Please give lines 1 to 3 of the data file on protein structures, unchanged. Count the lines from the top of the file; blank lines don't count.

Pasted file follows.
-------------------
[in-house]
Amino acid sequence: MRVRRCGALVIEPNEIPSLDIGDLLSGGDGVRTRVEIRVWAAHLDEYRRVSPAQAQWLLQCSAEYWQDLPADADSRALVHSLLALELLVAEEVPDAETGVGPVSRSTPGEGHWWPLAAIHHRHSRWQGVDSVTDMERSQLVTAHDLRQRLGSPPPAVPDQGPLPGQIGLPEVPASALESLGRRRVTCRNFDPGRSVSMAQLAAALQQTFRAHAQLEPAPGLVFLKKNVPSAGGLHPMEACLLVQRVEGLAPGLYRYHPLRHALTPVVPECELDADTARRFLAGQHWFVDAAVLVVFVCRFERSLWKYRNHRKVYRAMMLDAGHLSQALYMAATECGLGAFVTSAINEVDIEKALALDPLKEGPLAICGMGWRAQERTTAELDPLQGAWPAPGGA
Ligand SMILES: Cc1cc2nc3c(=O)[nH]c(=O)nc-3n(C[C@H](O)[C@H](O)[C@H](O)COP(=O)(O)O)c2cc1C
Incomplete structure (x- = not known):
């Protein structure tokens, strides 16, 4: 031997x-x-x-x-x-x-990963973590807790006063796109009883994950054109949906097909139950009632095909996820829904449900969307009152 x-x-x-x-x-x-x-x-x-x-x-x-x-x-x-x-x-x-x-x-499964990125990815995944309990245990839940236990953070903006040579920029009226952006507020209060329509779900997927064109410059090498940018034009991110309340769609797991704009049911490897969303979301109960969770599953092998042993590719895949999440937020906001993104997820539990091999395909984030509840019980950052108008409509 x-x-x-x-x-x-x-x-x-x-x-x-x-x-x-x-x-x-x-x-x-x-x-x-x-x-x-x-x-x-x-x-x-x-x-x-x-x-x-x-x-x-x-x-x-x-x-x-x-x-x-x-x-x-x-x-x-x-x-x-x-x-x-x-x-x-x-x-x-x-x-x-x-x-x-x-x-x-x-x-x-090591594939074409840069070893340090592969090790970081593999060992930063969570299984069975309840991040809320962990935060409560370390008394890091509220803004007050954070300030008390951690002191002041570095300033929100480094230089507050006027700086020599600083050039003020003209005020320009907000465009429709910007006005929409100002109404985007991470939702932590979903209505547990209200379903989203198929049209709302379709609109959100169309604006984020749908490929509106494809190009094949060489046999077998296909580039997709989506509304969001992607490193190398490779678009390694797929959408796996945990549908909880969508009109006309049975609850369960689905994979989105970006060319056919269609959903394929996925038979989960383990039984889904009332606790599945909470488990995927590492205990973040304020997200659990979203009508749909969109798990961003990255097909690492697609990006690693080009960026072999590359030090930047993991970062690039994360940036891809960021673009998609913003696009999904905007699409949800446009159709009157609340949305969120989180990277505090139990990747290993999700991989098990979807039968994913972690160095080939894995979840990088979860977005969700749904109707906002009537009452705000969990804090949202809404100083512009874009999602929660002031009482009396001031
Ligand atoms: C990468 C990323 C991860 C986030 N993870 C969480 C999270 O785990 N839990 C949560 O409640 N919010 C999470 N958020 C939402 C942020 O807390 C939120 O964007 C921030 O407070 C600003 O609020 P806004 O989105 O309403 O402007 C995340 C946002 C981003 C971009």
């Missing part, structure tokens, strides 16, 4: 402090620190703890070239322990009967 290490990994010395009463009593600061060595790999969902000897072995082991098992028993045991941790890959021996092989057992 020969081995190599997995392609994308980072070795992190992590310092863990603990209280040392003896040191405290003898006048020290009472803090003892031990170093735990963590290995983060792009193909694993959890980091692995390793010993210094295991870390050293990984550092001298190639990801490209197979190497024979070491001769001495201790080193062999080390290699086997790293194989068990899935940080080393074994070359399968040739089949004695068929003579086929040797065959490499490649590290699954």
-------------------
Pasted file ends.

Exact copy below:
[in-house]
Amino acid sequence: MRVRRCGALVIEPNEIPSLDIGDLLSGGDGVRTRVEIRVWAAHLDEYRRVSPAQAQWLLQCSAEYWQDLPADADSRALVHSLLALELLVAEEVPDAETGVGPVSRSTPGEGHWWPLAAIHHRHSRWQGVDSVTDMERSQLVTAHDLRQRLGSPPPAVPDQGPLPGQIGLPEVPASALESLGRRRVTCRNFDPGRSVSMAQLAAALQQTFRAHAQLEPAPGLVFLKKNVPSAGGLHPMEACLLVQRVEGLAPGLYRYHPLRHALTPVVPECELDADTARRFLAGQHWFVDAAVLVVFVCRFERSLWKYRNHRKVYRAMMLDAGHLSQALYMAATECGLGAFVTSAINEVDIEKALALDPLKEGPLAICGMGWRAQERTTAELDPLQGAWPAPGGA
Ligand SMILES: Cc1cc2nc3c(=O)[nH]c(=O)nc-3n(C[C@H](O)[C@H](O)[C@H](O)COP(=O)(O)O)c2cc1C